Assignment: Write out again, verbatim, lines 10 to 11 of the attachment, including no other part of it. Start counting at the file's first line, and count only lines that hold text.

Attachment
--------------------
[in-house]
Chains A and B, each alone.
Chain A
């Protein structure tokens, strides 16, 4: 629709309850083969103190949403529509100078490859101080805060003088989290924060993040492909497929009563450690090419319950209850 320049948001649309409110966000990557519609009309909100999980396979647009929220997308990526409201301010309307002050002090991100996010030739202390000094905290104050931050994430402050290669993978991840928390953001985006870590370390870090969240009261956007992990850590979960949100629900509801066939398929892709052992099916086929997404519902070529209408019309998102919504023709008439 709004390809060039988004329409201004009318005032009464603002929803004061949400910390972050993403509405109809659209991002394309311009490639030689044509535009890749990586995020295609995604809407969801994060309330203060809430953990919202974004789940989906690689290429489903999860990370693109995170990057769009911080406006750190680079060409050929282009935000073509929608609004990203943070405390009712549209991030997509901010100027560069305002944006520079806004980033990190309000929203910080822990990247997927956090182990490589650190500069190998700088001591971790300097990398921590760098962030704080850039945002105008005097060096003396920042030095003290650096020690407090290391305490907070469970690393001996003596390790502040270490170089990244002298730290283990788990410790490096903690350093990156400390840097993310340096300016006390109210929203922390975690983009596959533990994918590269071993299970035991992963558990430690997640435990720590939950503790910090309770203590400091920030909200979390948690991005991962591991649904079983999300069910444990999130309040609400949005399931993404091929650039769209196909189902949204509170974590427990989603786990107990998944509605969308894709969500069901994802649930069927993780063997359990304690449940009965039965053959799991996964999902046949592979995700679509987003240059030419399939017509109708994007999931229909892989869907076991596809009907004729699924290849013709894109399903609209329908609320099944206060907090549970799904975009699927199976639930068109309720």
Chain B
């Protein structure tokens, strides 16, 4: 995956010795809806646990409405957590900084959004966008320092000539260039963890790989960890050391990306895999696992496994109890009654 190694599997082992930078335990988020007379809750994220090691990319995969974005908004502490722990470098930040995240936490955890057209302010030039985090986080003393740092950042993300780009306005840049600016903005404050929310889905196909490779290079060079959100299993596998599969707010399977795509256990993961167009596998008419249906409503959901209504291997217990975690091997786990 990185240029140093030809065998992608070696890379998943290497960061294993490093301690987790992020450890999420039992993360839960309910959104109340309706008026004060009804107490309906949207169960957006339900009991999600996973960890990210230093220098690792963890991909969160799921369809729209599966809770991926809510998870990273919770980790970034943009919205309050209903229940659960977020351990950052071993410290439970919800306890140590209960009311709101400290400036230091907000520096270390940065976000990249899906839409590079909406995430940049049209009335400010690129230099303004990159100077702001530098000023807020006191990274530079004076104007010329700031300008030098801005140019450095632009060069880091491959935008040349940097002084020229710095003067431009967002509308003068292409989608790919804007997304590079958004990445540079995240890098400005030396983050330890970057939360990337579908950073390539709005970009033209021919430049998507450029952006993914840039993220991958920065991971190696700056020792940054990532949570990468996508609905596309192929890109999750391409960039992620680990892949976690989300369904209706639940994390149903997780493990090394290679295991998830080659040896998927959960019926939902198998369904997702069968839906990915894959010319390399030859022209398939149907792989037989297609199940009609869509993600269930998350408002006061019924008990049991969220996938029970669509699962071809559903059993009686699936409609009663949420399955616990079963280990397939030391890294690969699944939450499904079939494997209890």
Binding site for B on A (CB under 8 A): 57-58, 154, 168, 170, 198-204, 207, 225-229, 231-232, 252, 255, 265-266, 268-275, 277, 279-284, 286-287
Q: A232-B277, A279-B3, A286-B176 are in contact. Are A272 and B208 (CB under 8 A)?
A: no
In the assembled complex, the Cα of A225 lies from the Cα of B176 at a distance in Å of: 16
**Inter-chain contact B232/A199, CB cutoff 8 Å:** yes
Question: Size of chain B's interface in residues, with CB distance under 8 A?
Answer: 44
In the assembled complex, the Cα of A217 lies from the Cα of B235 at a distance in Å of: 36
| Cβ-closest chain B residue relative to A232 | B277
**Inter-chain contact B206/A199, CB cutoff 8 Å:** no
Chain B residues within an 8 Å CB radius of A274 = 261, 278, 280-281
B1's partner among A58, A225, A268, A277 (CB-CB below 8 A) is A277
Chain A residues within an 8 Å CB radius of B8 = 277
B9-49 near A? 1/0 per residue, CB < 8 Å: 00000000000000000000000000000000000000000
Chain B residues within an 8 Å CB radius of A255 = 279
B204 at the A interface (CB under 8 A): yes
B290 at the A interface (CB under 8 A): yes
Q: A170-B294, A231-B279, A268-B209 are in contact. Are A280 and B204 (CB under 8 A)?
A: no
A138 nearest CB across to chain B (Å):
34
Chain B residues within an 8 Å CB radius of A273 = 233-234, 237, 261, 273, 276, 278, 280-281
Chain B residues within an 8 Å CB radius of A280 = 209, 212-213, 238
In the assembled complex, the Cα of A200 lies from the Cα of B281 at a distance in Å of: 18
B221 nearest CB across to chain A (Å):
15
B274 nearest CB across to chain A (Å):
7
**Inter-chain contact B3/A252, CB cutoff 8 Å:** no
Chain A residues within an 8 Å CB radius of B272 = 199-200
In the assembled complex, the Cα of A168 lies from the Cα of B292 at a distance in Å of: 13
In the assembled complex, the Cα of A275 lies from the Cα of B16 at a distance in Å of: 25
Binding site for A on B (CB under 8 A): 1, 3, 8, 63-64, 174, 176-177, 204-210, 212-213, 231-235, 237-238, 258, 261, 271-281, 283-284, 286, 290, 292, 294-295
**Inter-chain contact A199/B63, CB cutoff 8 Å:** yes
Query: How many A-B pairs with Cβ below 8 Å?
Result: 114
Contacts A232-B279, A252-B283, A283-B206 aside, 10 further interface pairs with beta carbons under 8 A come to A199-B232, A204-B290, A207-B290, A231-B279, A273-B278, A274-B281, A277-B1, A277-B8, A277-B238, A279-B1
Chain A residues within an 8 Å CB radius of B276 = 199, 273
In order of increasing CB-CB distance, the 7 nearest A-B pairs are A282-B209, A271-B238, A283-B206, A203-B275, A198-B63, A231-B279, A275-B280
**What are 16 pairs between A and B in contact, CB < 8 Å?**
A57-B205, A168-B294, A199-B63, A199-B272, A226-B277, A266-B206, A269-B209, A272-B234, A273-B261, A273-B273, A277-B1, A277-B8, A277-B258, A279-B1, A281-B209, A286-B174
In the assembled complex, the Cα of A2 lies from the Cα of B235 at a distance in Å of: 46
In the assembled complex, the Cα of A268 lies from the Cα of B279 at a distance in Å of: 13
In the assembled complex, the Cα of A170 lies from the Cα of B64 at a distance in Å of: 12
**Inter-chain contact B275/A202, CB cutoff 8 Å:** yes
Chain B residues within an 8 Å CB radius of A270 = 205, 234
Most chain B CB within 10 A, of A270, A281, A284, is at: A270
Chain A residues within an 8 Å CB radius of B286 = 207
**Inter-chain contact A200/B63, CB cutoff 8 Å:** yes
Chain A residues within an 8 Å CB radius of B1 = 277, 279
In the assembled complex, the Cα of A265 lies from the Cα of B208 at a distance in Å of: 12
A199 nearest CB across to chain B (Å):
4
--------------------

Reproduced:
In the assembled complex, the Cα of A225 lies from the Cα of B176 at a distance in Å of: 16
**Inter-chain contact B232/A199, CB cutoff 8 Å:** yes